Following news that its proposed merger with T-Mobile may be on the ropes, Sprint has reportedly told regulators that its business may not be as stable as it appeared, according to the Wall Street Journal.
“[Sprint] has touted adding new wireless connections for six straight quarters. What it didn’t say until now is that many of those gains were free lines or existing customers that switched services,” the Journal said.
Sprint’s “recent gains in so-called postpaid connections… were driven by free lines given to existing Sprint customers,” the report continued.
Earlier this week, the WSJ reported that Justice Department staff recently informed the two telecom providers that the merger is unlikely to be approved as currently structured. T-Mobile CEO John Legere refuted that the merger is in trouble, tweeting that the premise of the Journal’s story was “simply untrue.”
Not on a ‘competitive path’
Sprint told regulators that, given the state it’s in, it’s unlikely to survive as a standalone company.
In a recent filing with the Federal Communications Commission (FCC), Sprint attempted to make a case for the merger by claiming that its ability to compete in the industry would be diminished if the merger isn’t approved.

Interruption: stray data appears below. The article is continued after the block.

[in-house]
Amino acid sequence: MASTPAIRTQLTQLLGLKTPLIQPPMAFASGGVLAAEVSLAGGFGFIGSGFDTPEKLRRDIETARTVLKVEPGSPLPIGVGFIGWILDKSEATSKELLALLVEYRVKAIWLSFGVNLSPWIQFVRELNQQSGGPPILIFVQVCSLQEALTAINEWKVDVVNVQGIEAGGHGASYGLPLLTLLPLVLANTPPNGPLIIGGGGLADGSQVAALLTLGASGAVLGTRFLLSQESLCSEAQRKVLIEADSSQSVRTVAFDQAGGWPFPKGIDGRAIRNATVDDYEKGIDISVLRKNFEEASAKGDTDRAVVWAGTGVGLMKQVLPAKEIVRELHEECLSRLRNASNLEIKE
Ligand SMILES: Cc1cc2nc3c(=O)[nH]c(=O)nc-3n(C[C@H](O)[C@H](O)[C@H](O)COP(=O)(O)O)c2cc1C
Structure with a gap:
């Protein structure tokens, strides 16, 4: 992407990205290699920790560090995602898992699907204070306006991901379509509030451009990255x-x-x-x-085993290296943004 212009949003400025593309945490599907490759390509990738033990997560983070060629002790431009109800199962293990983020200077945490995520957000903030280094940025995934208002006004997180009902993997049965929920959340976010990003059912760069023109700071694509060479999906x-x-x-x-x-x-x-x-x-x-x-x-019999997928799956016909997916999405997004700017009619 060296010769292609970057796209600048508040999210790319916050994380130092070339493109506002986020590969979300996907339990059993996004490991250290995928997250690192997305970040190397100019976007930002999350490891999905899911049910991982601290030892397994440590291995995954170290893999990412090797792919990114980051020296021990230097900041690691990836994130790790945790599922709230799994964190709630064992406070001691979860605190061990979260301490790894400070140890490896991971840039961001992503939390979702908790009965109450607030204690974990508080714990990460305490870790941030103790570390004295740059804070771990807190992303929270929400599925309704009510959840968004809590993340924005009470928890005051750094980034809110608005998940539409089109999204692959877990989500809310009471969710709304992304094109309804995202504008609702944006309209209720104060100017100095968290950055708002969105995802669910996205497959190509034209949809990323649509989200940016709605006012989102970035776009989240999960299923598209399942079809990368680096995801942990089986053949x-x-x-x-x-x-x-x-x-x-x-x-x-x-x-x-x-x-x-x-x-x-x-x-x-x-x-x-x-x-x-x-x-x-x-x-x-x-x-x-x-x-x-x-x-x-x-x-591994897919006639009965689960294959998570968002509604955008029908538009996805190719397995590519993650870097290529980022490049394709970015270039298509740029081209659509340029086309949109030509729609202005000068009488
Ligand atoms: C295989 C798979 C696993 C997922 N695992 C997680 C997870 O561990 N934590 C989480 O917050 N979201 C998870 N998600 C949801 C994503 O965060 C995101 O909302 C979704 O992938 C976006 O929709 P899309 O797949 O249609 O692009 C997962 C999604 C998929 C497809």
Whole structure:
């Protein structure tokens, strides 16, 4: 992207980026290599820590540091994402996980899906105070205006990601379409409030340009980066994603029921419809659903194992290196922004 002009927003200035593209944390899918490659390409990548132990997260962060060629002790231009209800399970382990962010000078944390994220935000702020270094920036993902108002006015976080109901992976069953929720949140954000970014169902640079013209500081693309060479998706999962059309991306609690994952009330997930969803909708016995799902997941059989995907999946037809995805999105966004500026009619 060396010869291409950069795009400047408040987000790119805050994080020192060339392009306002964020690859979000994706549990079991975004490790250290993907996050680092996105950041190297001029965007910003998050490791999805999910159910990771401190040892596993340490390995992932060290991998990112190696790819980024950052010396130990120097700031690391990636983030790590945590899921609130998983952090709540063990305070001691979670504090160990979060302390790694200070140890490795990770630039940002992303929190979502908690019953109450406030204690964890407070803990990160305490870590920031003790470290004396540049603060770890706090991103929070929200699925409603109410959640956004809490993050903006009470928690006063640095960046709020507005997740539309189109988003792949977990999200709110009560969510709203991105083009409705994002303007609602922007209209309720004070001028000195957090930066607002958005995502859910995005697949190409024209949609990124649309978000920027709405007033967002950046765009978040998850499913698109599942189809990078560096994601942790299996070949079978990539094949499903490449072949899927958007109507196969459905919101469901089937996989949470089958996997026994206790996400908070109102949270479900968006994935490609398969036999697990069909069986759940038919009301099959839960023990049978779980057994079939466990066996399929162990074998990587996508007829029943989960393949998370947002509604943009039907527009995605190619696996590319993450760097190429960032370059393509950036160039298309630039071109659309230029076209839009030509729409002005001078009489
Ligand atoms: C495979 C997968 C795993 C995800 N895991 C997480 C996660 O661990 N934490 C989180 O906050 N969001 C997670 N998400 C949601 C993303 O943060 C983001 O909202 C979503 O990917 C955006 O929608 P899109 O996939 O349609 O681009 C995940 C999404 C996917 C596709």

“Sprint is in a very difficult situation that is only getting worse,” Sprint’s lawyers wrote. “Sprint’s lack of low-band spectrum is at the root of these network problems … Simply put, Sprint is not on a sustainable competitive path.”
The company added that its network is “deficient” and that it’s “losing customers, and it cannot generate enough cash to invest in its network, pay its debt obligations, and compete effectively.”
“Absent completing its transaction with T-Mobile, Sprint will have limited options, and is likely to be forced down either a repositioning path and/or a restructuring path,” the FCC filing continued.
The planned merger of T-Mobile and Sprint would reduce the number of carriers from 4 to 3, which critics argue could hurt competition and drive up costs for consumers. The companies have argued that the opposite would be true, claiming that the merger will result in more efficiencies that allow the combined company to reduce costs.